Other traits that will enable the angler in question to potentially get themselves a seat at the top table of carpy egomaniacs include: claiming to have invented just about everything good that has ever happened in carp fishing since 1968; being personal friends with the carping greats; sharing hints and tips, irrespective of whether they are asked for or not; having the right sponsors; and most of all, being comfortable talking about themselves in the third person and being able to make every angling news story about themselves. Being a time-served carp angler, having long-term experience on a wide variety of different waters, and having a good track record of catching a few decent fish are all totally irrelevant and of no consequence at all.
It is vitally important that you understand that we live in times where social media content can fool a great number of people, and where public perception is everything, so don’t be tempted to let the facts get in the way of putting forward a potentially suitable applicant!
To illustrate just how unbiased we are and how we offer equal opportunities to all, the winner doesn’t even need to be a capable catcher of carp; he can be a serial no-hoper… we just don’t care! It’s all about just how highly the eventual winner rates themselves!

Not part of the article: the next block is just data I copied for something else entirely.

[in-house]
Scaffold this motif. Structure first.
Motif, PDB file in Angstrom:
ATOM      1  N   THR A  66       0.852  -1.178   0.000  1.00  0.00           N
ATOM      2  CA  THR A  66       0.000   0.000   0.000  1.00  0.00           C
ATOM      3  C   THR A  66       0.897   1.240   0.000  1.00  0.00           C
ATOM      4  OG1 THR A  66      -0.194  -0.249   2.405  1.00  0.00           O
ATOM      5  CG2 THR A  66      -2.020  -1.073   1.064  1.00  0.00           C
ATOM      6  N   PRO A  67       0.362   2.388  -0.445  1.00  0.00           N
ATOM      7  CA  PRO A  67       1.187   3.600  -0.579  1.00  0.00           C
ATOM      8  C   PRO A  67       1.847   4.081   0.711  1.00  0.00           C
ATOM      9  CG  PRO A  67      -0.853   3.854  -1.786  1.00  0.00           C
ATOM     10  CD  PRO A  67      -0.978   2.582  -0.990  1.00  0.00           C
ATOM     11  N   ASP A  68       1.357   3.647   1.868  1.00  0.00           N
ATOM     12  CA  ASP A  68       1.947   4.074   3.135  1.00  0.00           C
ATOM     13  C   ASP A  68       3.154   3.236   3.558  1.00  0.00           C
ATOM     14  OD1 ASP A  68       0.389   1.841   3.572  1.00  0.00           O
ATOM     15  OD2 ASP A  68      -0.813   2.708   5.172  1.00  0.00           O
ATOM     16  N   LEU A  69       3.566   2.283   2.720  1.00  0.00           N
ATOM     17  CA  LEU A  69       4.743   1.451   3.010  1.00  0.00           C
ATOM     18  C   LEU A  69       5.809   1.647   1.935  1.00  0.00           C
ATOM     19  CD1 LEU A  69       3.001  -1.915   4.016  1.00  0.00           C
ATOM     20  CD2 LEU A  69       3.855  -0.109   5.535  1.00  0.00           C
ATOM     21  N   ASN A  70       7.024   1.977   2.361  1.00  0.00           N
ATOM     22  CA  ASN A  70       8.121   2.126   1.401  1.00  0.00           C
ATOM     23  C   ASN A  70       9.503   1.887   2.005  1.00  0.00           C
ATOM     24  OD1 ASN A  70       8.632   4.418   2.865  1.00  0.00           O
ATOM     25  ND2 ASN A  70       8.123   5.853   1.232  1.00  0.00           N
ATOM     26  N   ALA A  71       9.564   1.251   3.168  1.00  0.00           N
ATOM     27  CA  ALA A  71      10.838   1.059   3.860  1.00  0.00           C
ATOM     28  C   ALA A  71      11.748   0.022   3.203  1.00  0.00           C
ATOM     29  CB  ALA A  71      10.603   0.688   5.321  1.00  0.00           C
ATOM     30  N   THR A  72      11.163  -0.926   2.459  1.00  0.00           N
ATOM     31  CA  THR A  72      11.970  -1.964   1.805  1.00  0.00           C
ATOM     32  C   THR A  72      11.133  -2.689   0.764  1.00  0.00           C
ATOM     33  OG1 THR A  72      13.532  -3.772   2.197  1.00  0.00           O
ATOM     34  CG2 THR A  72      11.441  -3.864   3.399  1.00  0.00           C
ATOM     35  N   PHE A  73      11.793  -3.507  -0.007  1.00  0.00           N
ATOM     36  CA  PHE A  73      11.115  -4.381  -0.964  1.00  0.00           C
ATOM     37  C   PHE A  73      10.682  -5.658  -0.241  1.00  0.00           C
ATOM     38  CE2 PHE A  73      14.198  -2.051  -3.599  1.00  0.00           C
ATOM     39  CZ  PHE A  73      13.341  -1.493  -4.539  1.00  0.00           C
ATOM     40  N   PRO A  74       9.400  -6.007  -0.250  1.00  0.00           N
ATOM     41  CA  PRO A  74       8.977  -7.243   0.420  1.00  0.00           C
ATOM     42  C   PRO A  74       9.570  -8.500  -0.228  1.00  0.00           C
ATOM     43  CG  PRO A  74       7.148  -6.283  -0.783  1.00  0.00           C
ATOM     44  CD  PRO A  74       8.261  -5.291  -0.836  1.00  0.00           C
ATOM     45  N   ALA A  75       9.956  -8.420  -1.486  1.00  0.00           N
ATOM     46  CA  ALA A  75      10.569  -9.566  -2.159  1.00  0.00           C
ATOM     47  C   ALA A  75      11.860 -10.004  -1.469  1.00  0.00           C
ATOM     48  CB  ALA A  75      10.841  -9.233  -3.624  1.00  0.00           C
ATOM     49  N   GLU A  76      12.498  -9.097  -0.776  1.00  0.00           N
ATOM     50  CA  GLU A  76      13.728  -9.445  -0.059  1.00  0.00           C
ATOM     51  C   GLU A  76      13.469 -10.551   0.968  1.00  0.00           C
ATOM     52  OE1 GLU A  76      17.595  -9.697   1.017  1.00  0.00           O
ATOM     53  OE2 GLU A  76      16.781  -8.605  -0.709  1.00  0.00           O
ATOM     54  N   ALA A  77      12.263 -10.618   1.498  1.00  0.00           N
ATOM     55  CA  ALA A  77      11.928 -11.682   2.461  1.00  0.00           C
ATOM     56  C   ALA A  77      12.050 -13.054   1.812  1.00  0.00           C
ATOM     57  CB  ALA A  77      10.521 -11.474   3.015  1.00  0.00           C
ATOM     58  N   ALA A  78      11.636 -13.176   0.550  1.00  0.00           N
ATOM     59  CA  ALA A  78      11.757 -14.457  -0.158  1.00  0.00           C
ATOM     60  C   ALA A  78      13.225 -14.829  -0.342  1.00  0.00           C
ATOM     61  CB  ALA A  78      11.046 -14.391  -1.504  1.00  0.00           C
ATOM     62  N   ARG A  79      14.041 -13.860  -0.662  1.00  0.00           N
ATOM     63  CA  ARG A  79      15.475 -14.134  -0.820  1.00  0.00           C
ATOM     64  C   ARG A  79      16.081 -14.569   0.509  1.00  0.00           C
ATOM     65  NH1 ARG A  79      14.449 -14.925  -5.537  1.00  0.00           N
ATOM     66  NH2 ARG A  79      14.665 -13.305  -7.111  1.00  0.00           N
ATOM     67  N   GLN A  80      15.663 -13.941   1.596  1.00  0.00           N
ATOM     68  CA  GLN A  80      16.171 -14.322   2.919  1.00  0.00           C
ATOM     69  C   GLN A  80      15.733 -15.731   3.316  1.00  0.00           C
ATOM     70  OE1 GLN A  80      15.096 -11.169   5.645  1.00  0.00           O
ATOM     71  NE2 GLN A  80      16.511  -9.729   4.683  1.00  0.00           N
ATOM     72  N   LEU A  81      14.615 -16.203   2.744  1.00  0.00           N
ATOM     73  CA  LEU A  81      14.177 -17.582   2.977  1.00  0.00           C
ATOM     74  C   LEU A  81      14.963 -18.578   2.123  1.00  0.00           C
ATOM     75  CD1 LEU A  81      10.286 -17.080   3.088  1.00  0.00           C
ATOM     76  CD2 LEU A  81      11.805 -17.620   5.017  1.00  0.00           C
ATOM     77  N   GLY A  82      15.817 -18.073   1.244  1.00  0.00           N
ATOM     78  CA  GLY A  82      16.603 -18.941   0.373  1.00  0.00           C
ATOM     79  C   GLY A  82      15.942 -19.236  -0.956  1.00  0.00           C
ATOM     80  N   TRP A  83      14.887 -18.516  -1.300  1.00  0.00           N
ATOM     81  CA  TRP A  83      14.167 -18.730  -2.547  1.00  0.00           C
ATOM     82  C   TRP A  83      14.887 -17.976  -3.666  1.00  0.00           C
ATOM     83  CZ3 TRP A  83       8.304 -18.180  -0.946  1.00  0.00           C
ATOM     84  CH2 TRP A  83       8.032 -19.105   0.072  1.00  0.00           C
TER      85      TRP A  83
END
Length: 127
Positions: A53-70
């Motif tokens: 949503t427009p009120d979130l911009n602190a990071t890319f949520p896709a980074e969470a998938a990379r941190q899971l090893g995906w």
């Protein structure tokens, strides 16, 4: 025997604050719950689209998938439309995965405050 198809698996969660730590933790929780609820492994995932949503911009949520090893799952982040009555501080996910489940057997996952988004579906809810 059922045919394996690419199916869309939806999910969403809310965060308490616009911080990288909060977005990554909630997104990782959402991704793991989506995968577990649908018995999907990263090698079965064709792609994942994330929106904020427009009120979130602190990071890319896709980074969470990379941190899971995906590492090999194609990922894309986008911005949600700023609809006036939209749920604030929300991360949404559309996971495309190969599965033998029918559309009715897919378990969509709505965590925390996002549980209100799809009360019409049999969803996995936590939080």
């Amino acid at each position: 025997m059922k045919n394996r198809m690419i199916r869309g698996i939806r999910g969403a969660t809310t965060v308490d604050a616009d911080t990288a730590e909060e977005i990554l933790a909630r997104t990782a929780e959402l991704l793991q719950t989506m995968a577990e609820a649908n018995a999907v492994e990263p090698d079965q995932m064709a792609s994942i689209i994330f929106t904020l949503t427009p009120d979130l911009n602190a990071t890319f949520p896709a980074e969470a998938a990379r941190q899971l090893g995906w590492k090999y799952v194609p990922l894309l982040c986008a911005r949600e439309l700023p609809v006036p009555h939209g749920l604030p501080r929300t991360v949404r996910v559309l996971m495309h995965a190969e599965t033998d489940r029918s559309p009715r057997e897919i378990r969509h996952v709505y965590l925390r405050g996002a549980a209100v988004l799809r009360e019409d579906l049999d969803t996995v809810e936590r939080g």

Folded reel handles… if ever there was a carp tiger trait designed to make life harder than it need be, it surely has to be this nonsense. I can only assume that the idea is to enable the aforementioned carp tiger - or indeed, tigress - to stare longingly at a battery of rods that are positioned ridiculously close together, but in truth, the practice leaves me totally bemused. Surely, having to get out of bed, locate and put on your waders in the dark, and paddle the length of a football pitch up to your neck in onion weed to get to the rods is hard enough, without having to partially assemble your reel - all before you can even think about stopping the scaly banger making it to the snags when you get there.
I realise, of course, that such practicalities fade into piscatorial insignificance when compared to looking the part and impressing the life out of your fellow carp tigers, but it does strike me as being rather an unnecessarily tedious way of going about things.
I am currently using Shimano Ultegra 1400 XTD reels, and I have to say I am very happy with them. I hear on the carpy grapevine, though, that some folk would not dream of using them due to the fact that the handles don’t fold down, and consequently, their use doesn’t allow rods to be positioned 10mm apart on the rests. Well, fear not, for I have a solution that will take your street cred to a whole new level. As I have mentioned on numerous occasions in the past, I am all about setting trends, not following them - sheep and shepherds, and all that stuff! My way of doing things now, is to cast out, wade 20yds to my buzzers, tighten down, set the bobbin, and then totally remove the handles by undoing their screw caps. The handles can then be stored in the bivvy at the bottom of the rucksack, and the rods can be positioned as close together as you want! I honestly don’t know how I do all this for the money… see you around carp tigers!